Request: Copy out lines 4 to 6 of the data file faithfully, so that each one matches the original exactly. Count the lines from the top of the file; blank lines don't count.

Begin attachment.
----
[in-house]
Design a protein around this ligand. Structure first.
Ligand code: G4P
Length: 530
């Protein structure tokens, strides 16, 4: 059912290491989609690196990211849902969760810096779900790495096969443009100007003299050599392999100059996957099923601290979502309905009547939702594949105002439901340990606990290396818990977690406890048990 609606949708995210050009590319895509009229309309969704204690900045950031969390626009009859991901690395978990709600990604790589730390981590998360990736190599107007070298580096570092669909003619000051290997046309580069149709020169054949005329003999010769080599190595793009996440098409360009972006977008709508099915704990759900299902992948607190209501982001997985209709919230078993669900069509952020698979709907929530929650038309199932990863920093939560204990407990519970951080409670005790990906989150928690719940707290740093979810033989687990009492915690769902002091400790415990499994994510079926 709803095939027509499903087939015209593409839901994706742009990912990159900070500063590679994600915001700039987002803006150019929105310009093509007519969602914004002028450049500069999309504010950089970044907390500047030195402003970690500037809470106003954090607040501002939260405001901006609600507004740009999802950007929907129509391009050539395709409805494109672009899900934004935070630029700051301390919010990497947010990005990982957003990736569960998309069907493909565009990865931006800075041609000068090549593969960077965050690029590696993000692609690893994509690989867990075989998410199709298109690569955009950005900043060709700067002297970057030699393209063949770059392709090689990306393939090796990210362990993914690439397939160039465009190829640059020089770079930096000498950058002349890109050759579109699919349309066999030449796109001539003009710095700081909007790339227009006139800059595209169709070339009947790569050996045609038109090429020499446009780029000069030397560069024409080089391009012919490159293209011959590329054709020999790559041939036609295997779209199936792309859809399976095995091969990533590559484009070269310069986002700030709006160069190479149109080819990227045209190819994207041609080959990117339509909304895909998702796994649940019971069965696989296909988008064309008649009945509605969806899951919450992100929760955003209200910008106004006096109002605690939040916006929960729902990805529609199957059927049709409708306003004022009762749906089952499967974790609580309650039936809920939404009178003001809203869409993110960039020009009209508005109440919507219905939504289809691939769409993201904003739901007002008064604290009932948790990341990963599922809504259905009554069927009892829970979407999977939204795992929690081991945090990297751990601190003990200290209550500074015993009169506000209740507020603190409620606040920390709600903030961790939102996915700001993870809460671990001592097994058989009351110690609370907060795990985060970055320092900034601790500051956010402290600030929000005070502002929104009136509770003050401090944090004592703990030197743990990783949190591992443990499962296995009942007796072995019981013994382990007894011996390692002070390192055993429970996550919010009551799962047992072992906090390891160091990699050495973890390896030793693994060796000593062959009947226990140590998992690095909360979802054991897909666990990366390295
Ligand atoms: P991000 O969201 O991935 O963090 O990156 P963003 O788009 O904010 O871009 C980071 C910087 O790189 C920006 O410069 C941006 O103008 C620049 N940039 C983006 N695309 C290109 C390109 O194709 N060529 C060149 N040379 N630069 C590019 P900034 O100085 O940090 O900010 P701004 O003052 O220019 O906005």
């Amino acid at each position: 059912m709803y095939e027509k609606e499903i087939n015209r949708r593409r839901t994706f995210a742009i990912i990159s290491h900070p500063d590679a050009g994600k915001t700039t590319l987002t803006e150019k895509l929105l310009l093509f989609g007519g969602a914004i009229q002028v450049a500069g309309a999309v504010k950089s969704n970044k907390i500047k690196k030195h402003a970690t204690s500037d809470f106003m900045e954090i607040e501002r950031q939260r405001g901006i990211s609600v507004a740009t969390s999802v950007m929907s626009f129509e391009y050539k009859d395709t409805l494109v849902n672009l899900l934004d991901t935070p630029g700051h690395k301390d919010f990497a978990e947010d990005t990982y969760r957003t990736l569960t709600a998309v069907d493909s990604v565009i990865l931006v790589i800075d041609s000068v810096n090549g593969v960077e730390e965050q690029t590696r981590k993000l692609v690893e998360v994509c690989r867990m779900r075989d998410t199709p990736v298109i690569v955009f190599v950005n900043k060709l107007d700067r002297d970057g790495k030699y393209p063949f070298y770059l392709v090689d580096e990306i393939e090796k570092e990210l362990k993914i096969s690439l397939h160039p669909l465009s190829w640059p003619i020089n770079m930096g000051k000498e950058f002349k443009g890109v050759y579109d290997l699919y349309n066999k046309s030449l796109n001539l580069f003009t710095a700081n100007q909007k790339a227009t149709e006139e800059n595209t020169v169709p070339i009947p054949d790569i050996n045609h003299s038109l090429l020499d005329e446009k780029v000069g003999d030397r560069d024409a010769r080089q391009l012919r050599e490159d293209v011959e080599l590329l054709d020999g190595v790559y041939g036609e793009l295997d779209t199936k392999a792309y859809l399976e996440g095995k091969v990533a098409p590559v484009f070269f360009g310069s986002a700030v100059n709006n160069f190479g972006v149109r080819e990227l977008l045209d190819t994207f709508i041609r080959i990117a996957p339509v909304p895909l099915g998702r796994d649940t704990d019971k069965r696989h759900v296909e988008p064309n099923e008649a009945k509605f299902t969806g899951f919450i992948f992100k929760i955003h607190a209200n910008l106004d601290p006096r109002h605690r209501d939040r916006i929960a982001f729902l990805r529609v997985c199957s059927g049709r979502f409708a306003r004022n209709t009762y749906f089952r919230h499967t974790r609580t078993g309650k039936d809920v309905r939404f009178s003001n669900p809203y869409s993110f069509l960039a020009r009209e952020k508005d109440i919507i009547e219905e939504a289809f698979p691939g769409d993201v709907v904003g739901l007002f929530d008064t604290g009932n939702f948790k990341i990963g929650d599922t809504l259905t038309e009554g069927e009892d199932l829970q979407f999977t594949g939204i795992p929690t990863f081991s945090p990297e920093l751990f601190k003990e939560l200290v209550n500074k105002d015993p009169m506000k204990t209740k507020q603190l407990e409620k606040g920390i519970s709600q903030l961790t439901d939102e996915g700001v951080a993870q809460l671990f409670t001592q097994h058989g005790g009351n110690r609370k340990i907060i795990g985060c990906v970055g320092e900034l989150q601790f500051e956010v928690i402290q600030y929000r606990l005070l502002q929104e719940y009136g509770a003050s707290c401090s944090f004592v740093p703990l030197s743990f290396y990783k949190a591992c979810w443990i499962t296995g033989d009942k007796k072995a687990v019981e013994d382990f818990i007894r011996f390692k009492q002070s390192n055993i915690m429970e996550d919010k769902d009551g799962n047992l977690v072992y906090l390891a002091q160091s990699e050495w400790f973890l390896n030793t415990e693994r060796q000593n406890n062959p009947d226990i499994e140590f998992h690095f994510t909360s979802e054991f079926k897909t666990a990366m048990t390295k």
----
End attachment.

Length: 530
């Protein structure tokens, strides 16, 4: 059912290491989609690196990211849902969760810096779900790495096969443009100007003299050599392999100059996957099923601290979502309905009547939702594949105002439901340990606990290396818990977690406890048990 609606949708995210050009590319895509009229309309969704204690900045950031969390626009009859991901690395978990709600990604790589730390981590998360990736190599107007070298580096570092669909003619000051290997046309580069149709020169054949005329003999010769080599190595793009996440098409360009972006977008709508099915704990759900299902992948607190209501982001997985209709919230078993669900069509952020698979709907929530929650038309199932990863920093939560204990407990519970951080409670005790990906989150928690719940707290740093979810033989687990009492915690769902002091400790415990499994994510079926 709803095939027509499903087939015209593409839901994706742009990912990159900070500063590679994600915001700039987002803006150019929105310009093509007519969602914004002028450049500069999309504010950089970044907390500047030195402003970690500037809470106003954090607040501002939260405001901006609600507004740009999802950007929907129509391009050539395709409805494109672009899900934004935070630029700051301390919010990497947010990005990982957003990736569960998309069907493909565009990865931006800075041609000068090549593969960077965050690029590696993000692609690893994509690989867990075989998410199709298109690569955009950005900043060709700067002297970057030699393209063949770059392709090689990306393939090796990210362990993914690439397939160039465009190829640059020089770079930096000498950058002349890109050759579109699919349309066999030449796109001539003009710095700081909007790339227009006139800059595209169709070339009947790569050996045609038109090429020499446009780029000069030397560069024409080089391009012919490159293209011959590329054709020999790559041939036609295997779209199936792309859809399976095995091969990533590559484009070269310069986002700030709006160069190479149109080819990227045209190819994207041609080959990117339509909304895909998702796994649940019971069965696989296909988008064309008649009945509605969806899951919450992100929760955003209200910008106004006096109002605690939040916006929960729902990805529609199957059927049709409708306003004022009762749906089952499967974790609580309650039936809920939404009178003001809203869409993110960039020009009209508005109440919507219905939504289809691939769409993201904003739901007002008064604290009932948790990341990963599922809504259905009554069927009892829970979407999977939204795992929690081991945090990297751990601190003990200290209550500074015993009169506000209740507020603190409620606040920390709600903030961790939102996915700001993870809460671990001592097994058989009351110690609370907060795990985060970055320092900034601790500051956010402290600030929000005070502002929104009136509770003050401090944090004592703990030197743990990783949190591992443990499962296995009942007796072995019981013994382990007894011996390692002070390192055993429970996550919010009551799962047992072992906090390891160091990699050495973890390896030793693994060796000593062959009947226990140590998992690095909360979802054991897909666990990366390295
Ligand atoms: P991000 O969201 O991935 O963090 O990156 P963003 O788009 O904010 O871009 C980071 C910087 O790189 C920006 O410069 C941006 O103008 C620049 N940039 C983006 N695309 C290109 C390109 O194709 N060529 C060149 N040379 N630069 C590019 P900034 O100085 O940090 O900010 P701004 O003052 O220019 O906005």